|JIM CONLEY NARRATIVE
My name is Jim Conley. I was seventeen years old when I first went into service. I actually joined twice. The first time I joined was in ‘64 when I went into the army reserves. I got out in ‘65. I did my basic train, or NIT training, and then I came home. After coming back home, I worked several jobs, one of which was at the arsenal. I was then called back in 1968. Before I went into service the first time, I was in high school; the second time I was called back, I was working at the Radford Arsenal. I actually could have gotten out of going back the second time, but I was bored with life here. That’s why I volunteered to go back. I wasn’t that scared to go back because I knew it wasn’t a war like Vietnam or even WWII and it was a war that I supported at that time. I went to basic training at Fort Knox, where I made some friends, but we were never close. After basic training, it was several years before I went back to Korea in September 1968.
We flew to Korea in a plane full of soldiers, where we landed in Seoul at the Kabul Airbase. The one thing that really sticks out in my mind is the smell. They put us on a bus to take us up to the replacement company. On the way there, we had to drive through a fish market. That is the first time I had ever smelt anything like that. I thought that I wouldn’t survive because the smell was so raunchy. I felt like I was such a long way from home, but I really don’t get home sick that much.
I was in Krington to be a combat engineer, but when I got to Korea they put me in the infantry division. I was on the DMZ the whole time. There was a soldier from New Mexico, Sergeant Ramos. He and I were good friends, probably the closest. When we were there, we ate mostly sea rations. The DMZ had old farms that had been deserted about 12-15 years at that time.
There weren’t many things to do for fun in Korea, of course. But, we did have movies. I think through 68-69 I saw almost every movie that ever came out. Back then, going to the movies only cost 35 cents. And if we ever got the chance we would go to the clubs. These were military clubs and we would drink. That is pretty much what we would do.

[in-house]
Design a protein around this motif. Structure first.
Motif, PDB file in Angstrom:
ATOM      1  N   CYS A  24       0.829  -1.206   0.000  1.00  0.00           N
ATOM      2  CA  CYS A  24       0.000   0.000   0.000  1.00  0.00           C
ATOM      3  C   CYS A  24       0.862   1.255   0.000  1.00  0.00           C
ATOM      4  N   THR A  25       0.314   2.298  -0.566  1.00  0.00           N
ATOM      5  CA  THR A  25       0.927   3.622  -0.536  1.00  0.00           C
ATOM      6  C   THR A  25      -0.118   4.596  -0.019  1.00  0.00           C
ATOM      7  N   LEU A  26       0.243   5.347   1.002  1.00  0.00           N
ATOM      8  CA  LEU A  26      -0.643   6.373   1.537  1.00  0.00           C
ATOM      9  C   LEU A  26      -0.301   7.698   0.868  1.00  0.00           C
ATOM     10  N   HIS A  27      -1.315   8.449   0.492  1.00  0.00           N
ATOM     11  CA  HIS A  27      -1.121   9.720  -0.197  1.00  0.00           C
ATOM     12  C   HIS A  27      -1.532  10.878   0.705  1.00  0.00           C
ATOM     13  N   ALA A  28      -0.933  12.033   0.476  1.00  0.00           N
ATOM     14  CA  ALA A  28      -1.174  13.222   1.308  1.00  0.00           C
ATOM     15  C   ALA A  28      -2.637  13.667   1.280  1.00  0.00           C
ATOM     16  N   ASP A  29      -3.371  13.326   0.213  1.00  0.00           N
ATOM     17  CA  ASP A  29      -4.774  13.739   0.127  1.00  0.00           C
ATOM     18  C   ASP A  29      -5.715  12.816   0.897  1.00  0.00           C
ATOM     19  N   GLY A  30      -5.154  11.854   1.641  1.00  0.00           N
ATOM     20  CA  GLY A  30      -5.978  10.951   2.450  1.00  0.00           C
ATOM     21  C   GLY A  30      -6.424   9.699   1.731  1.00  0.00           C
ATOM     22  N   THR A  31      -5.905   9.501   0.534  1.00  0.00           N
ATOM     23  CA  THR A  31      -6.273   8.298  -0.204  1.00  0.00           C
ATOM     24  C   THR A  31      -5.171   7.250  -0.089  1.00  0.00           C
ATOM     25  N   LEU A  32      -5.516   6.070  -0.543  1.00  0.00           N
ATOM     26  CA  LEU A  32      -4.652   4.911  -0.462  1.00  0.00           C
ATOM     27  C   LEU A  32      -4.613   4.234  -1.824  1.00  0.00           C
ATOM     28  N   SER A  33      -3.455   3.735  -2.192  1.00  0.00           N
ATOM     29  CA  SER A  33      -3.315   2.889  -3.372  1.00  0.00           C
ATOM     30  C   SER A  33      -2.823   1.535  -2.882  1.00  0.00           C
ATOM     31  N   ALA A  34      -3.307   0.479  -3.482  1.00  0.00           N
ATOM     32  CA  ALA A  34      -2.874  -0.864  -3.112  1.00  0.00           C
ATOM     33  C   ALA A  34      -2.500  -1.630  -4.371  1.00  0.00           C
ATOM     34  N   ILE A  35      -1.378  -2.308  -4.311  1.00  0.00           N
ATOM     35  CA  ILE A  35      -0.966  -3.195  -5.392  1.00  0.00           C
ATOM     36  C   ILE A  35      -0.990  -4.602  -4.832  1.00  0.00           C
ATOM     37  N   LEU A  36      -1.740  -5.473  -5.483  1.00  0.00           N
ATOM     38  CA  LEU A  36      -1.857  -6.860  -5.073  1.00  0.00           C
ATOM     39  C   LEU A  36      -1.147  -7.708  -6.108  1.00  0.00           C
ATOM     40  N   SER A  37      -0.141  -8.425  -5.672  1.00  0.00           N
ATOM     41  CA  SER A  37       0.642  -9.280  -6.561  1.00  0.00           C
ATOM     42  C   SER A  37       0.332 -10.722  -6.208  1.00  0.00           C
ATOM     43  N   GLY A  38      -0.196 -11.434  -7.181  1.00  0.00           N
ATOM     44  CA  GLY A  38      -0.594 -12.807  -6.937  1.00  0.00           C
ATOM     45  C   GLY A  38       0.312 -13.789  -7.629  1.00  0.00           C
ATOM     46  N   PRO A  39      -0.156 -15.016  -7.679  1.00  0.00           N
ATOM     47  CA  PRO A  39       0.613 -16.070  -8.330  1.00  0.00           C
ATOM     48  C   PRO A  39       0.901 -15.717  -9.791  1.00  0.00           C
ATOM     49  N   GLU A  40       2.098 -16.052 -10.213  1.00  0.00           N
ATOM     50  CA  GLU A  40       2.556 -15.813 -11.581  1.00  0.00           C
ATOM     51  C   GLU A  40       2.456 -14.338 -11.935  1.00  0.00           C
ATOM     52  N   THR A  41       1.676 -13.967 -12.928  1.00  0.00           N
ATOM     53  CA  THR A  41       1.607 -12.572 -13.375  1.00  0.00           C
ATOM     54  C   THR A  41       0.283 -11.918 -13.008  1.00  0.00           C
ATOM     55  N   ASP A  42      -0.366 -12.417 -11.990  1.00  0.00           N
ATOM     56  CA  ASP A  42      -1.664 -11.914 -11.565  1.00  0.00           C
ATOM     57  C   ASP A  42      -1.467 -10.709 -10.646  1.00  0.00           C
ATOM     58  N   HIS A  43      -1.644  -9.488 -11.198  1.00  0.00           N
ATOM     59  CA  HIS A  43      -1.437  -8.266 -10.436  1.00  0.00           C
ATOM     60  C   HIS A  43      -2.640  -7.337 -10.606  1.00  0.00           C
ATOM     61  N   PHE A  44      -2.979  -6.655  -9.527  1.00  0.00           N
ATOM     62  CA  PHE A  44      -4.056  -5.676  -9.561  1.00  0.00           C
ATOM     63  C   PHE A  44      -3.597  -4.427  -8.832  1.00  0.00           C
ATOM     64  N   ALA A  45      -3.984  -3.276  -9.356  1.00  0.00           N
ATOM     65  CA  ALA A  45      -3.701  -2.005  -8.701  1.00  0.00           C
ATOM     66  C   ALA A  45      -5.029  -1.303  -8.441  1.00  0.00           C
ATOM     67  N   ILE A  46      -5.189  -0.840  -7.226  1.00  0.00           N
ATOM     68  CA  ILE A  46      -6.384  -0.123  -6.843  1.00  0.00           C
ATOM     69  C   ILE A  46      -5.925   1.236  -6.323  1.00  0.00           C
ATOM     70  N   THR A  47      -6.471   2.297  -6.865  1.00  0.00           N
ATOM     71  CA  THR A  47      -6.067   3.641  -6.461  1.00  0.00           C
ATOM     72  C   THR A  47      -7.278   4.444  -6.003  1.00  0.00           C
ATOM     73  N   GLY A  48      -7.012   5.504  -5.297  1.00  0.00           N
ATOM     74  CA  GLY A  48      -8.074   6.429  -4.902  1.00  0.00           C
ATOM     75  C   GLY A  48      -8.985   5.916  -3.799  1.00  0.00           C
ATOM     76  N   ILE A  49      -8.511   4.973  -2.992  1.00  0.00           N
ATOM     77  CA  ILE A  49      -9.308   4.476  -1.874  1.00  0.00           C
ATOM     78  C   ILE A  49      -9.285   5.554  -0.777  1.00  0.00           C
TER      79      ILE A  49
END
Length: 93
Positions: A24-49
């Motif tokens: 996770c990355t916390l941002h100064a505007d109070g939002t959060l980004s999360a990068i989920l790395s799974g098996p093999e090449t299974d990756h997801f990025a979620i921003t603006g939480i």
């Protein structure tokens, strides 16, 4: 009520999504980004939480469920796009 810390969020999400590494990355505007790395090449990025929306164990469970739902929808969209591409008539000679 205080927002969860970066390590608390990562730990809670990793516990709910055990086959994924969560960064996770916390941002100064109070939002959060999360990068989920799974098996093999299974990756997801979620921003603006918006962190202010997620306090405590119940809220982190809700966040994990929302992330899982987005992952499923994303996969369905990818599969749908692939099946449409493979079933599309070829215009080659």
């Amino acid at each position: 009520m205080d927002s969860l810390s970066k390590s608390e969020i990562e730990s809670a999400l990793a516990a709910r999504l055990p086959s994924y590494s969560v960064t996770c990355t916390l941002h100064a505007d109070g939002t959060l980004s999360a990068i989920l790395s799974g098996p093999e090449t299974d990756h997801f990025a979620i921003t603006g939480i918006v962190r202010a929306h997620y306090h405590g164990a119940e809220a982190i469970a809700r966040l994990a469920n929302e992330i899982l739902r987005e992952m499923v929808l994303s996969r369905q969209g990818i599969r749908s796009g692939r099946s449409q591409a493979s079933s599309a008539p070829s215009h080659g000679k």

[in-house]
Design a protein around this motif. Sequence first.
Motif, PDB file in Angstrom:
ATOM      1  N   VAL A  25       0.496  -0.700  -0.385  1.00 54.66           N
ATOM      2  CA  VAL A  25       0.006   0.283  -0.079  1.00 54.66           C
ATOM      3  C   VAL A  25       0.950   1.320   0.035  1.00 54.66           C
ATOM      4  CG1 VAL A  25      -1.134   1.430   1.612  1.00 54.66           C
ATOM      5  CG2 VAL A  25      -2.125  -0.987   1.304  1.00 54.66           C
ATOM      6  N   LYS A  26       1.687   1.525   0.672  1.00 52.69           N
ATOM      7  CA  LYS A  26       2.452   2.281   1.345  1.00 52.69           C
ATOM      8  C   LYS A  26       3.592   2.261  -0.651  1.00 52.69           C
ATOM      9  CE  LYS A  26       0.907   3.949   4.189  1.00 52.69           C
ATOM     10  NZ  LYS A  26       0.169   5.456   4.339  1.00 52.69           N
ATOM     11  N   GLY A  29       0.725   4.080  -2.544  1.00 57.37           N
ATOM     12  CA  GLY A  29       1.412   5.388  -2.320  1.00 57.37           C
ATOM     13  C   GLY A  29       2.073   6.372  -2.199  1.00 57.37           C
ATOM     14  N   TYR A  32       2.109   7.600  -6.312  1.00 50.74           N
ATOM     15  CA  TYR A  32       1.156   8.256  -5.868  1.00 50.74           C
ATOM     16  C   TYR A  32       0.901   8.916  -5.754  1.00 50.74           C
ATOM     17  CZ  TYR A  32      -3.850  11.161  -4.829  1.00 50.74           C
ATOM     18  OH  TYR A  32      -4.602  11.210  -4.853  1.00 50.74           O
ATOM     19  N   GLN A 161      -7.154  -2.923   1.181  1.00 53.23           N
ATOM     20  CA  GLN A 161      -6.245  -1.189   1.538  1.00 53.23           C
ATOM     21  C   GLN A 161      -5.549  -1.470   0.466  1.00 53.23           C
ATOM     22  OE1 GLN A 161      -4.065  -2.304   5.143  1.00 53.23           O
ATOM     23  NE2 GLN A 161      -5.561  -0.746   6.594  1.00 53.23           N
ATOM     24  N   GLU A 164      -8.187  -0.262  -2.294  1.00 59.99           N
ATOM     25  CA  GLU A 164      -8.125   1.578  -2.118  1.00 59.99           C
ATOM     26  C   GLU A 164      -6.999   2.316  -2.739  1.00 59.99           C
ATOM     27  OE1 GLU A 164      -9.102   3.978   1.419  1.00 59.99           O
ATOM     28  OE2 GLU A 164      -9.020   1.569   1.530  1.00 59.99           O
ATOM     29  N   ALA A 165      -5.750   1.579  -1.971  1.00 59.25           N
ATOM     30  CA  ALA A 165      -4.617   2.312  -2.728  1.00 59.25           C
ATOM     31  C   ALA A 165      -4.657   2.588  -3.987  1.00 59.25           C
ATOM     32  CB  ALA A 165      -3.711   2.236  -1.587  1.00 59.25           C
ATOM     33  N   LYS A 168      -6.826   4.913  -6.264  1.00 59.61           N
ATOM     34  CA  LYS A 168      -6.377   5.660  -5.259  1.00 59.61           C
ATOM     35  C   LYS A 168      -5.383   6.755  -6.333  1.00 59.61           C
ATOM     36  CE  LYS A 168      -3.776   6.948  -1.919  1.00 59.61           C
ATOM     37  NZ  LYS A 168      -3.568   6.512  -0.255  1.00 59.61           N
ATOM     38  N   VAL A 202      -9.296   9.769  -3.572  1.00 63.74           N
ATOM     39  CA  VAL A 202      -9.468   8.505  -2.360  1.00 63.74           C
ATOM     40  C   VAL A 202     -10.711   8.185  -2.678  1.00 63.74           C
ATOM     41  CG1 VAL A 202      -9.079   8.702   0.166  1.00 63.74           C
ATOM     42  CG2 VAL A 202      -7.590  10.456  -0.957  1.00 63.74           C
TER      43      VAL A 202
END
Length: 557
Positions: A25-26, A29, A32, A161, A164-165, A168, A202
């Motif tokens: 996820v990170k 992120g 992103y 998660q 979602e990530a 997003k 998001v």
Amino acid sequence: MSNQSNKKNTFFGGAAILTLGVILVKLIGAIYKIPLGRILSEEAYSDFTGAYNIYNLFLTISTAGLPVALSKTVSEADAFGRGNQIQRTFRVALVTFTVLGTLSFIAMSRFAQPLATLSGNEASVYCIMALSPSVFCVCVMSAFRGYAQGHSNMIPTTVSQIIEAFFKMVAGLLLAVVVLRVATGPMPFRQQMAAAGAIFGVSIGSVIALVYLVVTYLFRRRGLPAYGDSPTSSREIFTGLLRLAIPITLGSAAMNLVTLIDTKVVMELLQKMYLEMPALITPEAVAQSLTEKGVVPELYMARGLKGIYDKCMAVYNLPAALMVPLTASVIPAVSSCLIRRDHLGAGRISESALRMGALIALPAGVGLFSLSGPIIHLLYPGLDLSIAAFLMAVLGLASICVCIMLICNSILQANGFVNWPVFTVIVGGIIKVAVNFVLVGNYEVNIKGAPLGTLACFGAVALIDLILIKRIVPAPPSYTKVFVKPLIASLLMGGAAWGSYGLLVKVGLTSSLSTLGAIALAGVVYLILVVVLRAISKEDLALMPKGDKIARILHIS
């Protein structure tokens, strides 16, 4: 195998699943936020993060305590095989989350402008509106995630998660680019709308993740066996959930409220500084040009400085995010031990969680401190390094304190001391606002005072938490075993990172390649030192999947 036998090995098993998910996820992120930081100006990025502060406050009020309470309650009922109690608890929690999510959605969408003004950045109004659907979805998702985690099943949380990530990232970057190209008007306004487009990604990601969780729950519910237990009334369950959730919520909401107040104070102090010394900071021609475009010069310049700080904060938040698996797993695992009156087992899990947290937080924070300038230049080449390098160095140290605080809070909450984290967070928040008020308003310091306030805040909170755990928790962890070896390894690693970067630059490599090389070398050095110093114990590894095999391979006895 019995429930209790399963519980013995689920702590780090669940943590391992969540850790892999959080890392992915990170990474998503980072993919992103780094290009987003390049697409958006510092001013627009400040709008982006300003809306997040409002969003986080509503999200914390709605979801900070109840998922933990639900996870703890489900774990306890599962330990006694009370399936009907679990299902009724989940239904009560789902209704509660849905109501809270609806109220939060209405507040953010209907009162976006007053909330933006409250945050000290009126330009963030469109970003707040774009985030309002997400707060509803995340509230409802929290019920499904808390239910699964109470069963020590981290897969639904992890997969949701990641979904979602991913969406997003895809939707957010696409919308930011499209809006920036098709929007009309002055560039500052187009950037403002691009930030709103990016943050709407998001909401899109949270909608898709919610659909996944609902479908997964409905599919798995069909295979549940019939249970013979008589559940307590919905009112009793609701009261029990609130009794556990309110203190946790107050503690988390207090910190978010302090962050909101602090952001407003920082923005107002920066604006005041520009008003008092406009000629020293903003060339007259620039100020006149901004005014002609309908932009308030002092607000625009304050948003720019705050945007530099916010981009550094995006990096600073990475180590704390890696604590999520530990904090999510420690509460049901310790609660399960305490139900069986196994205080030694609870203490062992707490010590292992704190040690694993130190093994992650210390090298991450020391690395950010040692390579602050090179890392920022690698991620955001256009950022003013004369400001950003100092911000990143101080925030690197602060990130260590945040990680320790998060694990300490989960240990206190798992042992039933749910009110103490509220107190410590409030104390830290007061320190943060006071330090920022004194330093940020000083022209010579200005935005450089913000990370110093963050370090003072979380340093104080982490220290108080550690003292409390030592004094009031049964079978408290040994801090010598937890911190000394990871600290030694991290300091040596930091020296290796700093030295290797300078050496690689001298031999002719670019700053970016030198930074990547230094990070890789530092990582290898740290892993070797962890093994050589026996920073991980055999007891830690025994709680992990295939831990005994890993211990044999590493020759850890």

But most of my time spent in Korea was not fun. We went into combat in Vietnam and part of my time was doing patrols on the DMZ. I can remember sweeping for mines and finding booby traps. In spite of these dangers, I was never wounded in the war. There were some other guys who got hurt; most of the injuries were caused by our own troops. One sergeant shot himself in the foot; there was another guy who had a grenade launcher go off and he shot another guy in the stomach.
Some of the scariest moments were at night. If the enemy were close to you, they would throw rocks to find where you were, to get you to fire. I had that happen to me, but I didn’t respond. If you did respond, the next thing that would come would be a grenade. That was a very frightening moment.
The communists that we fought were pretty dedicated. They would try to send people across, so we tried to keep them from coming down south and starting trouble. They were very tough, very well trained people. They were probably some of the best -trained soldiers over there.
The typical day in Korea depended on what your duty was. If you were on patrol, you stayed on patrol for 24-36 hours, and then you would come back and stay in company for about 20 hours. Then they’d put you right back in. If you were in a guard post, you would stay for 4 days, and they gave you a case of C rations to feed you for four days. Then you had to bury your fence, which was just south of the DMZ, and we had a chain link fence there. When you were there, you went out; when you were on night shift you went out before dark and stayed there till after daylight. This is what you would do everyday.